referred to beloW are the sets of points corresponding to the

a primarily a local indicator With little in?uence from the elementary groups found in block 515.

points outside the local region. To remedy this local effect, Step 1: For every pair of attraction sets S1 and S2 (block

the MRGC algorithm adds tWo other factors, the number of 1001), ?nd a pair of points, P1 and p2 that ?t the folloWing

neighbors and the distance at Which the neighboring indeX of four conditions:

a point loses its poWer. This is the distance at Which 1. p1S1 and PZESZ, block 1005.

another point having a higher value can be found. 2. p1 and P2 are boundary points in S1 and S2, block 1010,

Let I(X) be the neighboring indeX value of point X, and y 1015.

be the ?rst neighbor of X having and indeX value I(y)>I(X) 3. p1 is in the K-nearest-neighbors of P2, block 1020, or

as shoWn in block 810 of FIG. 7. As calculated in block 820, P2 is in the KNN of p1, block 1025. This K could take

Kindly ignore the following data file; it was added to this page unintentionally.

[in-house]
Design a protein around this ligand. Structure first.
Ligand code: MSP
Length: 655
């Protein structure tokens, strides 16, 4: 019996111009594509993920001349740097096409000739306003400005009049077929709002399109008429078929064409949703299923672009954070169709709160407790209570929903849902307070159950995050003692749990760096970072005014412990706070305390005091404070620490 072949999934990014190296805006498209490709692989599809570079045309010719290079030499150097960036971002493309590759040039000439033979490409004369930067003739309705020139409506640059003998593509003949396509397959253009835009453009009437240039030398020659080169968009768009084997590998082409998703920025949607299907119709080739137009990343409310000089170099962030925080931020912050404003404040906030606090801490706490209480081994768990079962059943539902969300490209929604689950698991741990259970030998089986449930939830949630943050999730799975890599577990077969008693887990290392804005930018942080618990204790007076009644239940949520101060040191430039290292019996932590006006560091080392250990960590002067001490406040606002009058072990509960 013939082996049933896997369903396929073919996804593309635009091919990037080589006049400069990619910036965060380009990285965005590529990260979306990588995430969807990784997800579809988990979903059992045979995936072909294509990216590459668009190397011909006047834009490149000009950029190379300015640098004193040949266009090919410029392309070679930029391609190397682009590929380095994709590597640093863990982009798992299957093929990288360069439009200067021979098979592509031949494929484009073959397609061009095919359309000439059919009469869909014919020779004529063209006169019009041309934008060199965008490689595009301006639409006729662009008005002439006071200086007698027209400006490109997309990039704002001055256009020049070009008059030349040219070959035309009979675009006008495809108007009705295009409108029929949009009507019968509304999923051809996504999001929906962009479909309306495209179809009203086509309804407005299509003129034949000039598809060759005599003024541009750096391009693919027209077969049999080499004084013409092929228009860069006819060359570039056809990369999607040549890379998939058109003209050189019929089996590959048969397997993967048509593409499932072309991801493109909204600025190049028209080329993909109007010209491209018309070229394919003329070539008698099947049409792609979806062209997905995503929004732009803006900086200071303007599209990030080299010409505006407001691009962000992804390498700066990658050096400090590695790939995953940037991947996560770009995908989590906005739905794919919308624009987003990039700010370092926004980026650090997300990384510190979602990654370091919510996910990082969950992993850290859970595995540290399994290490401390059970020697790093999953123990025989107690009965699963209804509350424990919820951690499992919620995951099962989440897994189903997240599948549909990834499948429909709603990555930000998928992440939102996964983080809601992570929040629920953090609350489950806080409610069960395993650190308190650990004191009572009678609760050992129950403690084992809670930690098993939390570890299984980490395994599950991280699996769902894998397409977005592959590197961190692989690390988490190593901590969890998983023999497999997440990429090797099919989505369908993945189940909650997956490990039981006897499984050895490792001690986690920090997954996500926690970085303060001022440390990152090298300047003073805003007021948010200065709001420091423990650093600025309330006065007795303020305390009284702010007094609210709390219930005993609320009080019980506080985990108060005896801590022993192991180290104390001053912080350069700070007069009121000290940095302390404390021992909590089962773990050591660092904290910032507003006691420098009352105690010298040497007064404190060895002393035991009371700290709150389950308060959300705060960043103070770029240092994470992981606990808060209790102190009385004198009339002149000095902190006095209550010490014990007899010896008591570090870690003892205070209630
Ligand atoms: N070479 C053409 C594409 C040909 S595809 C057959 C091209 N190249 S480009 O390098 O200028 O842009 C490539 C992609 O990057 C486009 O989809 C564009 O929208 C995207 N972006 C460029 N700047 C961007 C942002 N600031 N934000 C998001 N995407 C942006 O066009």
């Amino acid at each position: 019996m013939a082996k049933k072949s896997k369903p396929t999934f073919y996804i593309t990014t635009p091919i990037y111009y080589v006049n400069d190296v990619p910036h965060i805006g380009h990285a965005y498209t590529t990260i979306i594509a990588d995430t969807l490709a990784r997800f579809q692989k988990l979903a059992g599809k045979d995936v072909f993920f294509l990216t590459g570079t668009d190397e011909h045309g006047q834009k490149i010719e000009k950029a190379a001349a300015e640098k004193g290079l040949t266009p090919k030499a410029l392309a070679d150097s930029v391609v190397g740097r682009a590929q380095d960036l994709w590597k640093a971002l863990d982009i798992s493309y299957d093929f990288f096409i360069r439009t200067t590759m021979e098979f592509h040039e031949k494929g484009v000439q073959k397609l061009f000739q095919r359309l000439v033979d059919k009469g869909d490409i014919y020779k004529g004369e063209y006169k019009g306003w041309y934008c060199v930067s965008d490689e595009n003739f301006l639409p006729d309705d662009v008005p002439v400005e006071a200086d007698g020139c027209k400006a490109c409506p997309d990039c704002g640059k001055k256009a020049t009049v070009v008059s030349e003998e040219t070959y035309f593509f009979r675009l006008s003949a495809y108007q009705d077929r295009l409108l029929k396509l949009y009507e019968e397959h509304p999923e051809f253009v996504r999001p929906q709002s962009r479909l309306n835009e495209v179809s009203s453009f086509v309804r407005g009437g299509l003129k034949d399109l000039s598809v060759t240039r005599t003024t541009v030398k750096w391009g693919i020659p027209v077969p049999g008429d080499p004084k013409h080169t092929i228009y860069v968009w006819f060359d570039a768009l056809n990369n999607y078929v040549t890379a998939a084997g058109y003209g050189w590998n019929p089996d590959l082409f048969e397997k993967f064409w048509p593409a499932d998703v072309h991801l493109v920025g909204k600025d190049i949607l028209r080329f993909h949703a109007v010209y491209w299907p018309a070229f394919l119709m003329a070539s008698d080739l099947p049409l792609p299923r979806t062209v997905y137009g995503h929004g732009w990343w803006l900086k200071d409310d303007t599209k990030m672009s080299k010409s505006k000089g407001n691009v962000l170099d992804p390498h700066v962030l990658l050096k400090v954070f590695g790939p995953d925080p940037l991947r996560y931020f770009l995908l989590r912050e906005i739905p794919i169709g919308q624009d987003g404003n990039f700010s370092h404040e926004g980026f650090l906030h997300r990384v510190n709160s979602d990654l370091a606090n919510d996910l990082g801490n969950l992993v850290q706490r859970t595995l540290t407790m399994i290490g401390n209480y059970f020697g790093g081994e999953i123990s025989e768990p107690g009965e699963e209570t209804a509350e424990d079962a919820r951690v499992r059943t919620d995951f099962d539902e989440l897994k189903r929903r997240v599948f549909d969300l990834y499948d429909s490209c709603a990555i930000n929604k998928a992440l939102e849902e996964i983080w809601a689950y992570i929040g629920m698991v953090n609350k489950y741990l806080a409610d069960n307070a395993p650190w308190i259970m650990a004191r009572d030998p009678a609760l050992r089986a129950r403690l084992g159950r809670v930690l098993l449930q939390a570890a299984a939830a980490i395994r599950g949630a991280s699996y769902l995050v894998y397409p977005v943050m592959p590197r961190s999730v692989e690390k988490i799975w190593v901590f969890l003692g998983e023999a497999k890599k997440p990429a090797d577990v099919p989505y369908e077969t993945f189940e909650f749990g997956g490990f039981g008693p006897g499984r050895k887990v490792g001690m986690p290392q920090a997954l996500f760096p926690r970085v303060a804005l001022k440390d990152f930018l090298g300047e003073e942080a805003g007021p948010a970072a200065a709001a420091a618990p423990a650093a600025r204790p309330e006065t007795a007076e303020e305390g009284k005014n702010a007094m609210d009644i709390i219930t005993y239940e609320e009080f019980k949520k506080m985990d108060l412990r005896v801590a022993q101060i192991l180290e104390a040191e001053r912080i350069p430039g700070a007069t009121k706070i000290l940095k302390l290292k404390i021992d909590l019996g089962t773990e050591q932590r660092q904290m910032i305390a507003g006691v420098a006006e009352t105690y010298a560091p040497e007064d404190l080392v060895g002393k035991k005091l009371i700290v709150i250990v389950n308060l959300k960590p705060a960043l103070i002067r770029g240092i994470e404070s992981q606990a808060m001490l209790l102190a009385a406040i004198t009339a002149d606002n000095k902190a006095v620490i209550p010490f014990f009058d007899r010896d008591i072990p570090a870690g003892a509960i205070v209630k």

the Kernel Representative Function can be Written as: 55 the value of 2><K2 for eXample, but should not be too

high to avoid merging non-neighbor attraction sets.

4. The distance betWeen P2 and p1, D(P2, p1), block 1030,

Where a, b, and c are the exponents used to Weight each should be the minimum among all pairs of points

corresponding function I(X), M(X,y), and D(X,y). The neigh satisfying the three previous conditions.

bor function M(X, y)=m, if y is the m1 neighbor of X, and The points, p1 and P2, may not eXist for all pairs of attraction

D(X,y) is the distance betWeen X and y. Based on testing sets. These points are considered as the shortest passage